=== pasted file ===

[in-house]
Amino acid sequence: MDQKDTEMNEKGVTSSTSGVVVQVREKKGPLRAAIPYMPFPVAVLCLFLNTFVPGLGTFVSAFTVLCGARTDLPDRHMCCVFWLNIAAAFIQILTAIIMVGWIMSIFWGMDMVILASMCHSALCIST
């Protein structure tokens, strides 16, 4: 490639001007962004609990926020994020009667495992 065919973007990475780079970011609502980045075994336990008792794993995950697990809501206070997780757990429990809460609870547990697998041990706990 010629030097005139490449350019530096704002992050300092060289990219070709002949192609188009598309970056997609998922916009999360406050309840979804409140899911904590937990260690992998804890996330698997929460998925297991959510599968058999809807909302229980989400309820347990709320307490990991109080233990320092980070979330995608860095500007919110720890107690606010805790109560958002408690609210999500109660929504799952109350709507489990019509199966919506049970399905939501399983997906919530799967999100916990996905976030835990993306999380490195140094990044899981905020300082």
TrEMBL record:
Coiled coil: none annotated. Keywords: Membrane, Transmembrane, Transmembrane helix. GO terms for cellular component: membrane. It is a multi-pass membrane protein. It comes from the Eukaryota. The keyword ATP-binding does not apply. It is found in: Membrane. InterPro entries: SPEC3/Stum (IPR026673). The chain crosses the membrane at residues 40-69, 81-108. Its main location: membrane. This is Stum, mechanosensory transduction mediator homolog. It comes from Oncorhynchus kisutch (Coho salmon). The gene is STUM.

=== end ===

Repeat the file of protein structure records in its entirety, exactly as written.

[in-house]
Amino acid sequence: MDQKDTEMNEKGVTSSTSGVVVQVREKKGPLRAAIPYMPFPVAVLCLFLNTFVPGLGTFVSAFTVLCGARTDLPDRHMCCVFWLNIAAAFIQILTAIIMVGWIMSIFWGMDMVILASMCHSALCIST
């Protein structure tokens, strides 16, 4: 490639001007962004609990926020994020009667495992 065919973007990475780079970011609502980045075994336990008792794993995950697990809501206070997780757990429990809460609870547990697998041990706990 010629030097005139490449350019530096704002992050300092060289990219070709002949192609188009598309970056997609998922916009999360406050309840979804409140899911904590937990260690992998804890996330698997929460998925297991959510599968058999809807909302229980989400309820347990709320307490990991109080233990320092980070979330995608860095500007919110720890107690606010805790109560958002408690609210999500109660929504799952109350709507489990019509199966919506049970399905939501399983997906919530799967999100916990996905976030835990993306999380490195140094990044899981905020300082």
TrEMBL record:
Coiled coil: none annotated. Keywords: Membrane, Transmembrane, Transmembrane helix. GO terms for cellular component: membrane. It is a multi-pass membrane protein. It comes from the Eukaryota. The keyword ATP-binding does not apply. It is found in: Membrane. InterPro entries: SPEC3/Stum (IPR026673). The chain crosses the membrane at residues 40-69, 81-108. Its main location: membrane. This is Stum, mechanosensory transduction mediator homolog. It comes from Oncorhynchus kisutch (Coho salmon). The gene is STUM.